In "The Gift," Cate Blanchett plays Annie Wilson, a widowed mother in a
mossy southern town who inherited moderate clairvoyant abilities from
her grandmother. Annie supplements her monthly Social Security checks by
doing psychic readings for the locals, but instead of Tarot cards, she
uses a deck of cards with basic symbols on them. Now, to the best of my
understanding, these decks of cards depicting circles, squares, parallel
wavy lines, etc. are simply tools employed by researchers to test for
ESP, which begs the question: what the hell is Annie reading?
Granted, my knowledge in this area is limited, but I believe each Tarot
card has a specific meaning and that psychics divine messages from the
card faces and the order in which they are dealt. So what insight can be
drawn from basic geometric symbols? Surely this practice must be a
violation of the Supernatural Rules of Order. After all, if you can do
readings from ESP test cards, why not flash cards? Or recipe cards? Or
baseball cards ("Ah, it's a Sammy Sosa! You will have a life of
accomplishment, humility and lucrative endorsement deals.")
If my misgivings are sound, then Annie is either making a big mistake or
she's not very bright. The latter may be the case, as Annie does some
astonishingly stupid things later in the film.
The film, by the way, is the latest from Sam Raimi, who previously
offered the taut thriller, "A Simple Plan." Once again, Raimi proves
adept at assembling a strong cast and establishing an evocative
atmosphere. Unfortunately, the similarities between the two movies end
there. "The Gift" is an anemic throwaway that starts strong but fades
fast, due to a main plotline that offers few surprises and a secondary
story that is handled ineptly.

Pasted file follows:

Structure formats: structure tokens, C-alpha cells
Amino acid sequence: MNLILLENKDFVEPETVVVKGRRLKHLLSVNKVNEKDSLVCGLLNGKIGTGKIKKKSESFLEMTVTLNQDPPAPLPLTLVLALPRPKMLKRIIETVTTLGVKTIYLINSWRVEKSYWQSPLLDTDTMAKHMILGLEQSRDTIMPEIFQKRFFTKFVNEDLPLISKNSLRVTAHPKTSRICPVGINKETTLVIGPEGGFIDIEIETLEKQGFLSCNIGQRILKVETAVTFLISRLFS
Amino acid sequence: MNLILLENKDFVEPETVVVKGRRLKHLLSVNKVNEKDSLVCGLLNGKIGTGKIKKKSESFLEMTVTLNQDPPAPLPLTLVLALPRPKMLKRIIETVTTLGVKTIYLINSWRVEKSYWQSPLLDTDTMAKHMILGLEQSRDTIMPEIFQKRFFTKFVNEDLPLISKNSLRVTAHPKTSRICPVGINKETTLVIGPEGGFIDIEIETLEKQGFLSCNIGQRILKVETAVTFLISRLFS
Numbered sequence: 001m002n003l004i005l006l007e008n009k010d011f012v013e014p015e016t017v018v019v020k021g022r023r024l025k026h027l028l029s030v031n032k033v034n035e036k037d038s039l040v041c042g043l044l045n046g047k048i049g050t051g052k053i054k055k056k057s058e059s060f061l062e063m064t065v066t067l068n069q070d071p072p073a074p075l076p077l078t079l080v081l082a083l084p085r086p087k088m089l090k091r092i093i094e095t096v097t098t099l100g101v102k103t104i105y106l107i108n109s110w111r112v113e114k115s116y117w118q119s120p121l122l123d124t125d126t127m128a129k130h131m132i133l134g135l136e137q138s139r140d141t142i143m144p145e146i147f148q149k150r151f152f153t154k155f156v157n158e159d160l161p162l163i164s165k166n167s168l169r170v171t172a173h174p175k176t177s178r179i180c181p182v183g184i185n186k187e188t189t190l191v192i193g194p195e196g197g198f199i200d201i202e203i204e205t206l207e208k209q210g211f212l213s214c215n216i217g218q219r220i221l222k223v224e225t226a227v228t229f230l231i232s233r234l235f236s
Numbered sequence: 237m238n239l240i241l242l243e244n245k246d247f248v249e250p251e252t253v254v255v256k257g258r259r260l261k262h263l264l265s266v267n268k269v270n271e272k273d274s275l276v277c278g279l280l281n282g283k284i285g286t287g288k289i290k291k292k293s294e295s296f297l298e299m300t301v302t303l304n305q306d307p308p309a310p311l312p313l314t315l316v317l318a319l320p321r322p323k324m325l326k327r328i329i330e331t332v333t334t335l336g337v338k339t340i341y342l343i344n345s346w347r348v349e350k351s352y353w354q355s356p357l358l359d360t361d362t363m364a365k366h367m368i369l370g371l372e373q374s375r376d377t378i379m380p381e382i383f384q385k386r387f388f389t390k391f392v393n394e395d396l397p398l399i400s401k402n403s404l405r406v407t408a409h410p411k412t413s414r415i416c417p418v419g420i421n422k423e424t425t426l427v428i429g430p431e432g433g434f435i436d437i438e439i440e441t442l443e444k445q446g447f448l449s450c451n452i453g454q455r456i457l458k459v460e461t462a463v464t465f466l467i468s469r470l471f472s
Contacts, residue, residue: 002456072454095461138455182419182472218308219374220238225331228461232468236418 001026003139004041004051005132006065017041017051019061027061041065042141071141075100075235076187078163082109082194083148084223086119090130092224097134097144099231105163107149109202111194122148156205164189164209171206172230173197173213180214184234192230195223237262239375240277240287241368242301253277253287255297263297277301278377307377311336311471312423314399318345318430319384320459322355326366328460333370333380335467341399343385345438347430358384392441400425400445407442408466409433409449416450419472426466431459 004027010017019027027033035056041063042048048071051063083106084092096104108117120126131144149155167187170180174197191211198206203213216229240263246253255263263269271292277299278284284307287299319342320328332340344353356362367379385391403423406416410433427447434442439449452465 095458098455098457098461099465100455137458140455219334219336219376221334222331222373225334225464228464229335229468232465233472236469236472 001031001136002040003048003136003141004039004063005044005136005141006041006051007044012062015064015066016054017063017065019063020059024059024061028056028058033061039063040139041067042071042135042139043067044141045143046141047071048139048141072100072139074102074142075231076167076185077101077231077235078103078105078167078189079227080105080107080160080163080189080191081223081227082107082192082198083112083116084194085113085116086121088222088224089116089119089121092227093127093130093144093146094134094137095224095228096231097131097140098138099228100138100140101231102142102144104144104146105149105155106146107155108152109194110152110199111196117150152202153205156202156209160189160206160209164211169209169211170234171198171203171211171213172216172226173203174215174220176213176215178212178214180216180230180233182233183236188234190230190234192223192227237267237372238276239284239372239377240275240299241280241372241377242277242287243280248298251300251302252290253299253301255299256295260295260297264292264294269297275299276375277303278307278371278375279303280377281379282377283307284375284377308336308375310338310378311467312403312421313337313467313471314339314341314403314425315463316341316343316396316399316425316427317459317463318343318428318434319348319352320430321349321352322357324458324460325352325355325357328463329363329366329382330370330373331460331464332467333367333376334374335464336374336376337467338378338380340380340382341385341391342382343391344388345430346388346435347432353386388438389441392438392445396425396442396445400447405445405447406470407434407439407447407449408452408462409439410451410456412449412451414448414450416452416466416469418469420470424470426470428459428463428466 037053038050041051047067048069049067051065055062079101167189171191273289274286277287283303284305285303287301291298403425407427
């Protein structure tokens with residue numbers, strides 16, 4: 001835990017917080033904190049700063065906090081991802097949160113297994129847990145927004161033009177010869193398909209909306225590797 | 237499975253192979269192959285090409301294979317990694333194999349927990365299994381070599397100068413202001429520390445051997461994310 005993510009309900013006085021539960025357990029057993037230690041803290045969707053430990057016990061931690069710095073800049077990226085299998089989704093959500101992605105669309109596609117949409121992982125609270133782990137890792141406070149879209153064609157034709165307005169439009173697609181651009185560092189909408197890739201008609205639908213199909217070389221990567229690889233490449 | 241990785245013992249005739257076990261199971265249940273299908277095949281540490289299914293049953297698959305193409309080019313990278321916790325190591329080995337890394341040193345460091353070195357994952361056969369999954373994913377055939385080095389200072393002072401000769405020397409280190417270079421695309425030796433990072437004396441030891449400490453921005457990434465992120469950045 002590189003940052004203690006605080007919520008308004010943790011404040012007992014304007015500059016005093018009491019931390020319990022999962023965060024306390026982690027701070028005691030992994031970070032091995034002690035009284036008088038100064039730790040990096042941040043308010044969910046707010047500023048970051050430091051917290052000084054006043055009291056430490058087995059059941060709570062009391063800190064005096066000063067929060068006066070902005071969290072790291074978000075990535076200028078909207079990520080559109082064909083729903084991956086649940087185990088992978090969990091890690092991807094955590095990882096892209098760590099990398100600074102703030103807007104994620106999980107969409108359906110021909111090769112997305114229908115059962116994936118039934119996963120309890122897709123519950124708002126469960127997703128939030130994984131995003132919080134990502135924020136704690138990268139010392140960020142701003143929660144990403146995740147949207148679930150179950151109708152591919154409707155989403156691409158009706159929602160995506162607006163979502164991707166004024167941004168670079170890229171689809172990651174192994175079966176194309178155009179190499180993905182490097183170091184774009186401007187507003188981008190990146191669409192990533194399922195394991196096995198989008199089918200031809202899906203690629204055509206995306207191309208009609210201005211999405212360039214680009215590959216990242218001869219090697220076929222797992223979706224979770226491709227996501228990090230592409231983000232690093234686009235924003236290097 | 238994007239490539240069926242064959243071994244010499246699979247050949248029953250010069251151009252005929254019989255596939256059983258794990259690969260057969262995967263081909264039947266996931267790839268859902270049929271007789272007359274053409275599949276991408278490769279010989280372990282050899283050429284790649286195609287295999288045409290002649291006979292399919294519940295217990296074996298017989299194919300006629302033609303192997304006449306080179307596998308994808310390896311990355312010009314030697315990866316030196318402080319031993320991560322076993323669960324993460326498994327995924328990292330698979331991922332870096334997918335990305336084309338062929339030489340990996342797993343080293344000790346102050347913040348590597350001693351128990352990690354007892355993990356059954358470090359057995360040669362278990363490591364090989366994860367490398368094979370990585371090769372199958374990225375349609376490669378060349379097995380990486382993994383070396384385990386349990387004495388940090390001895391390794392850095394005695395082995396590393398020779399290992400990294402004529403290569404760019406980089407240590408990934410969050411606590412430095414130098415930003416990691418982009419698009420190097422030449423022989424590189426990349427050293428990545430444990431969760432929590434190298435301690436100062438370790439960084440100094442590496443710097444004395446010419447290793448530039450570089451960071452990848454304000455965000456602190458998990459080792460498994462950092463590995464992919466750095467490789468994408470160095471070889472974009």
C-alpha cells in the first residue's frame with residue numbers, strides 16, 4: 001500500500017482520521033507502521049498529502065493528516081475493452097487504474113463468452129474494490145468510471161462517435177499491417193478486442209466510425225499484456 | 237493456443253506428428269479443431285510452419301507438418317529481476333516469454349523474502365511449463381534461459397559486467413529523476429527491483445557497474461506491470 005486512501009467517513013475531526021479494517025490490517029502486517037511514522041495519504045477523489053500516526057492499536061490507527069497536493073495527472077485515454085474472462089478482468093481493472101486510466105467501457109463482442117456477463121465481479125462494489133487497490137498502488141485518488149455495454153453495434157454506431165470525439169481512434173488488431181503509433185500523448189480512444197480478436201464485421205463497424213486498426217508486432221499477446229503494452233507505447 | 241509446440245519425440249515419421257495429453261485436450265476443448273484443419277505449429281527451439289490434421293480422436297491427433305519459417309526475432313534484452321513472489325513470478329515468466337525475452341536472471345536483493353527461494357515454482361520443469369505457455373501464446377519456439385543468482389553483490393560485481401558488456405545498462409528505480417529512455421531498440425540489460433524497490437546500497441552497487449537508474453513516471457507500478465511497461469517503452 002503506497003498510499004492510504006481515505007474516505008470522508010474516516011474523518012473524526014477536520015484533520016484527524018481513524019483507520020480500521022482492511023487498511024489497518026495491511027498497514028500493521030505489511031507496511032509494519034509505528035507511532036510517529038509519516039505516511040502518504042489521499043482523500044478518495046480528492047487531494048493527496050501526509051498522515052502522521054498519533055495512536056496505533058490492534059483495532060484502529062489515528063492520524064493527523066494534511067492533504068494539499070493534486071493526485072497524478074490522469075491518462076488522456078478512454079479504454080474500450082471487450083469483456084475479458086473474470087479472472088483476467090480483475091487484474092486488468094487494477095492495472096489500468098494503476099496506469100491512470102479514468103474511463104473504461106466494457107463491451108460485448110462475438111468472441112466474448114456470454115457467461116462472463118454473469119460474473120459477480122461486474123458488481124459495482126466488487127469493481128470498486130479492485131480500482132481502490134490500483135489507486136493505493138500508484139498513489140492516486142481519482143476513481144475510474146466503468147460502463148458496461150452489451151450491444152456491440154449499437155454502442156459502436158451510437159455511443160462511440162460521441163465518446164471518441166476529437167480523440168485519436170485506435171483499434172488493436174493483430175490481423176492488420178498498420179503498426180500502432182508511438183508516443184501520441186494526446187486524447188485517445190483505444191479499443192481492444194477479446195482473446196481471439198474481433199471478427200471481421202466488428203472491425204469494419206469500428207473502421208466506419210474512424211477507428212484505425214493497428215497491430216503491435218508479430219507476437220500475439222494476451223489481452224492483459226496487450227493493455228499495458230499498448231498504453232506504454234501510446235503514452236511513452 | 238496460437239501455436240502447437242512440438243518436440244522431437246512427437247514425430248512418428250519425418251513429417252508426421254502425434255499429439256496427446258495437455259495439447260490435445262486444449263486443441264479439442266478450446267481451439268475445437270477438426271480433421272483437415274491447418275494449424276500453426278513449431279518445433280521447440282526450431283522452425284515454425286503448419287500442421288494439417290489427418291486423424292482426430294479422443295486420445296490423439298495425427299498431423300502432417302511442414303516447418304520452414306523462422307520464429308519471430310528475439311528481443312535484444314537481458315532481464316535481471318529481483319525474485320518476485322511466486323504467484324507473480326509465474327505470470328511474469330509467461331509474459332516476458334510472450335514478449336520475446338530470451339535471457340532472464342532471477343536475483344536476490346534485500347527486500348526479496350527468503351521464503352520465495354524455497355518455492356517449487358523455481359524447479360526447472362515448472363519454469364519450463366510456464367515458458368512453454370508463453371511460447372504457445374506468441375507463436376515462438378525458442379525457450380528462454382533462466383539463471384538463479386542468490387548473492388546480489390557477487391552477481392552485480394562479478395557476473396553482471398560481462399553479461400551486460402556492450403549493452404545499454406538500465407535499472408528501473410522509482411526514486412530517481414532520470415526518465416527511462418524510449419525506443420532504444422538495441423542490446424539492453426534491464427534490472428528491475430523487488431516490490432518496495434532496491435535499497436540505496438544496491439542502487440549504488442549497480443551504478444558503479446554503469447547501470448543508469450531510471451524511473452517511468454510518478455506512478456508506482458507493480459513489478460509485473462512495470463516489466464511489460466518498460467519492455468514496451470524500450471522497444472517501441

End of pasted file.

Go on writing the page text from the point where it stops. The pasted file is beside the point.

Shot from a dusty script by Billy Bob Thornton and Tom Epperson, the
production follows Annie as she gets into a heap of trouble by
suggesting that battered wife Valerie Barksdale (Hilary Swank) should
seek help. Shortly after, Valerie's husband, Donnie (Keanu Reeves),
explodes into Annie's house and demands that she mind her own business,
while accusing her of worshipping Satan. Clearly, we do not need to ask
Jeff Foxworthy if this man might be a redneck.
In addition to Donnie and Valerie, Annie's circle of friends also
includes a mentally disturbed auto mechanic named Buddy Cole (fans of
"The Kids in the Hall" may insert their wisecracks here) with serious
parental issues, not to mention problems respecting other people's
personal space. Giovanni Ribisi does fine work with the role, managing
to make the character simultaneously creepy and endearing. The
resolution of Buddy's grim storyline is one of the most disappointing
parts of the film. Early on, his circumstances are given almost as much
screen time as Valerie's, but he quickly fades into the background. His
core situation is wrapped up early and abruptly in a scene so poorly
filmed that a key revelation becomes just one more element in a sea of
Raimi and company seem far more interested in getting and keeping Annie
in as much danger as possible. During a rare social outing, she
encounters oh-so-polite school principal Wayne Collins (Greg Kinnear)
and his hot-to-trot fiancé, Jessica King (Katie Holmes, vamping it up
terribly and exposing her breasts for the first time onscreen). Annie
postpones buying wedding gifts when she spots Jessica screwing smarmy
lawyer David Duncan (Gary Cole) in the coatroom.
(WARNING: SPOILERS AHEAD) Jessica disappears that night and frustrated
cops eventually (and reluctantly) turn to Annie, who gets a vision of a
female body submerged in a pond. Said pond belongs to (surprise!)
Donnie, who ends up convicted of her murder. Case closed? Of course not.
Subsequent visions convince Annie that Donnie is not the killer, so what
does she do? She races to share her revelation with a member of the tiny
pool of suspects. If only the woman had spent less time on psychic
readings and more time boning up on "Movie Clichés 101." I won't reveal
any more. Suffice to say that the story builds to a cheesy "Twilight
Zone" style climax (END SPOILERS).
The positives in "The Gift" come mostly from the actors. Blanchett,
Swank and Kinnear are all solid, with Ribisi even better, but the movie
belongs to Keanu Reeves, who delivers a remarkably strong performance.
Trite though they may be, scenes of him terrorizing Annie provide the
only truly scary moments in the film.
Actually, there is one moment even scarier. It's the realization that a
script this lame actually was made into a feature film.
Copyright © 2001 Edward Johnson-Ott